“There were all these people in there shopping, and yet it was dirty and kind of had lots of old merchandise around,” she said. “I thought, ‘This is the perfect retail business in need of reform.’ ” Over a decade, she helped catapult the company into a slick operation with a Fifth Avenue address, an outpost in Arlington, Va., and an internationally recognized name. It was through Urban Angler that she met Andrew Madoff, a client who became an investor.

In 2008, she took a consulting job at Christian Dior, but she resigned after the news broke of Bernard Madoff’s scheme. “A lot of what I did was represent the brand to their clients,” she said, “and that wasn’t really appropriate for me to be doing.”

Ms. Hooper said she had thought about the possibilities of a disaster-preparedness business since Hurricane Katrina, in 2005. Determined to create an emergency plan for her family — she has a 5-year-old daughter with the co-founder of Urban Angler — Ms. Hooper had found the Internet cluttered with a mess of contradictory information. Over the years, she read survivalist books and research papers, networked wherever she could and trolled online “prepper” chat rooms. She grilled dinner companions: Do you have a plan? They didn’t. Nor did Andrew.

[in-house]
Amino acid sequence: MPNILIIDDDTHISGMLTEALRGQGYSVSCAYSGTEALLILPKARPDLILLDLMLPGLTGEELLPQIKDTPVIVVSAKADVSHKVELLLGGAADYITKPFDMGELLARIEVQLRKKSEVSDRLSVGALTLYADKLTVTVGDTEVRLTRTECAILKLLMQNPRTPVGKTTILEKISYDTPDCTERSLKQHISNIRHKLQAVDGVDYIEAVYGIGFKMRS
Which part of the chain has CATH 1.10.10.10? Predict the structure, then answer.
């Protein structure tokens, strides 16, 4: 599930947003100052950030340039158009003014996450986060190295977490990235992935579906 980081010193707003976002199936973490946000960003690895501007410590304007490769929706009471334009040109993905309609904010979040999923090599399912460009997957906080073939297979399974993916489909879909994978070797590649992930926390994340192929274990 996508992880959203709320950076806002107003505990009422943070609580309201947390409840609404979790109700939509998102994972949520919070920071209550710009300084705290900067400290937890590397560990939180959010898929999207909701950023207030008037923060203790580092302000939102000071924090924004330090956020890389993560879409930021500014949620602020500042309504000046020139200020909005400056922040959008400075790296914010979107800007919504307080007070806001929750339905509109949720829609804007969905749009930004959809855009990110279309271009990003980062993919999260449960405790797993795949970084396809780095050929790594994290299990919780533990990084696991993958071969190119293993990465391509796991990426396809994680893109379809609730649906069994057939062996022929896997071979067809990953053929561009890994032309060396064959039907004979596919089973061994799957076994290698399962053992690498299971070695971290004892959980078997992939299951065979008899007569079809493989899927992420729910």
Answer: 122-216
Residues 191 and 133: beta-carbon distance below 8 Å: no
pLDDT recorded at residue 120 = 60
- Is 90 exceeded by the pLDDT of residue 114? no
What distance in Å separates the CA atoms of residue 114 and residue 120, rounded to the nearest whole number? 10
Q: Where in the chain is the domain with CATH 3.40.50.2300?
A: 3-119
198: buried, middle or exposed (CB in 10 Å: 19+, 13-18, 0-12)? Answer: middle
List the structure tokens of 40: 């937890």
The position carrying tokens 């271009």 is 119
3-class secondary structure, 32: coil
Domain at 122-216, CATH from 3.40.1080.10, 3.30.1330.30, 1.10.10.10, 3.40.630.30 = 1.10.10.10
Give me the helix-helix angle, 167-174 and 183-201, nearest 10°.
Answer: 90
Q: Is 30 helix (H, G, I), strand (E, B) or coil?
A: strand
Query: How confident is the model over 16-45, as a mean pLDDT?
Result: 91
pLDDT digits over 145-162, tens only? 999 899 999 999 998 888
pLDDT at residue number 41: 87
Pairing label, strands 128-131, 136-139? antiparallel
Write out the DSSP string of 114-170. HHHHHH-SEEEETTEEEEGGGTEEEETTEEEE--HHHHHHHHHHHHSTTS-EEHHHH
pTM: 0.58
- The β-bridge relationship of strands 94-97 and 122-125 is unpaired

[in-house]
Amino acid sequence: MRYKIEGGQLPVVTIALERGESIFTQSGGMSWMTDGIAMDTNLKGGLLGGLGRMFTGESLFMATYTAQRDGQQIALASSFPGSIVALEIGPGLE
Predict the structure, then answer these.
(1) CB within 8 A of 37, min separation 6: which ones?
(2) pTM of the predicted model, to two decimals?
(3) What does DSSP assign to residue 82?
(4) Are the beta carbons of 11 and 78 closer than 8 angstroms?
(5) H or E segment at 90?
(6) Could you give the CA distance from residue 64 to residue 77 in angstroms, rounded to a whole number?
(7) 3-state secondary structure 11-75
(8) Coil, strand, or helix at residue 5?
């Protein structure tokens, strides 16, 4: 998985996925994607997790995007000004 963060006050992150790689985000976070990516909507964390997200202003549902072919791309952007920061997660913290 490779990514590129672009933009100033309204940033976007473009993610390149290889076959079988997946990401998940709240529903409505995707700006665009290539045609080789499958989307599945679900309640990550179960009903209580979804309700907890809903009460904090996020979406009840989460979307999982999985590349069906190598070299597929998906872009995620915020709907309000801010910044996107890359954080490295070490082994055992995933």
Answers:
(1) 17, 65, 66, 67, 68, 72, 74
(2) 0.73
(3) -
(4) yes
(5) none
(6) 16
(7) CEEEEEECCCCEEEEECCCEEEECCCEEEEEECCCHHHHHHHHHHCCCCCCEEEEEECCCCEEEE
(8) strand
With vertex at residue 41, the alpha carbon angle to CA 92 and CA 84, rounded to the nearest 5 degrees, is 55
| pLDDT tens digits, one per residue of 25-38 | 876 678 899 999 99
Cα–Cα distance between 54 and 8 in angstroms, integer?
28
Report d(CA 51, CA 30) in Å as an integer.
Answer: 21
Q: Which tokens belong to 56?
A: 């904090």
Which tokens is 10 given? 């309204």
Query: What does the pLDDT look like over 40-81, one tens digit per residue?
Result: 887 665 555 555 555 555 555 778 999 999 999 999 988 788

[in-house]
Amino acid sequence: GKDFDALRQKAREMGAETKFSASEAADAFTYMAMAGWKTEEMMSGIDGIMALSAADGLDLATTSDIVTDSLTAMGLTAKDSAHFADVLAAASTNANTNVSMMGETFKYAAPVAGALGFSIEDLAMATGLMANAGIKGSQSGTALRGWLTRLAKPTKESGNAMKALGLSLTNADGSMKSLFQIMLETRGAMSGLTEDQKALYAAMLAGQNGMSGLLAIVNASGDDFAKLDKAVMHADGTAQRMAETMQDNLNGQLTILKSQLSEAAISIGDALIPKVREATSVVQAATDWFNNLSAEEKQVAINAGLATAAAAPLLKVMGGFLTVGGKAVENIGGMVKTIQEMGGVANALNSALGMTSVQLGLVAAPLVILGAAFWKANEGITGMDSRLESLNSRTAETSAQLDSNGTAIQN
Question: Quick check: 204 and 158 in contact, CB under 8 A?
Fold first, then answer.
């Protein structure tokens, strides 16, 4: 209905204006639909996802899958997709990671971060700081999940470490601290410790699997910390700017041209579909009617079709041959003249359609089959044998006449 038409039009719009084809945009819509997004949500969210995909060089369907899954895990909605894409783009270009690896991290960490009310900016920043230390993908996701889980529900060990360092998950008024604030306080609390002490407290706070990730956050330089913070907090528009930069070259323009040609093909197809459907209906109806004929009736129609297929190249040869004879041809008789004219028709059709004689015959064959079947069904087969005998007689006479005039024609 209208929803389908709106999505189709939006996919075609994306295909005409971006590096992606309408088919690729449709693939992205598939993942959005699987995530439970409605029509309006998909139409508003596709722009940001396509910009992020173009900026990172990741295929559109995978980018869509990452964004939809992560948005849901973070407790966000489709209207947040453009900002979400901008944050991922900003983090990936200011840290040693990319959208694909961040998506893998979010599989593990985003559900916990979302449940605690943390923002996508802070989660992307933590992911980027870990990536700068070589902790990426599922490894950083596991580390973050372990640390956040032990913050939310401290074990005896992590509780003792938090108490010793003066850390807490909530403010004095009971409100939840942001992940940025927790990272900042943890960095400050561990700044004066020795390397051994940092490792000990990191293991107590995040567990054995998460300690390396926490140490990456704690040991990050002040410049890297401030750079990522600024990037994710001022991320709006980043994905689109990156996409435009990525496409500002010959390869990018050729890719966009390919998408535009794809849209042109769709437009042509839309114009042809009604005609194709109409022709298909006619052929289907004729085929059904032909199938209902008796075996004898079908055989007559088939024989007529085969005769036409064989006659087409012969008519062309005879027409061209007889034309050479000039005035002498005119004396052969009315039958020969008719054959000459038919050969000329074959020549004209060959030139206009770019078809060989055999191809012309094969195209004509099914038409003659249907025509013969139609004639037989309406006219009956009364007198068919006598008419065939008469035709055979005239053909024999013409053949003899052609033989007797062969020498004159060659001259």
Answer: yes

“He went to work that day thinking it’d be a day like any other, and when he walked out of the office to go talk to his father he had no idea that he was never coming back again,” Ms. Hooper recalled of the Madoff family’s disaster day. “When he said to me, ‘Everything’s at the office and I can’t even get a copy of my insurance policies,’ it made me realize that even someone as bright and talented as this guy didn’t really have this plan in place for what he would do if this kind of explosion happened in his own life.”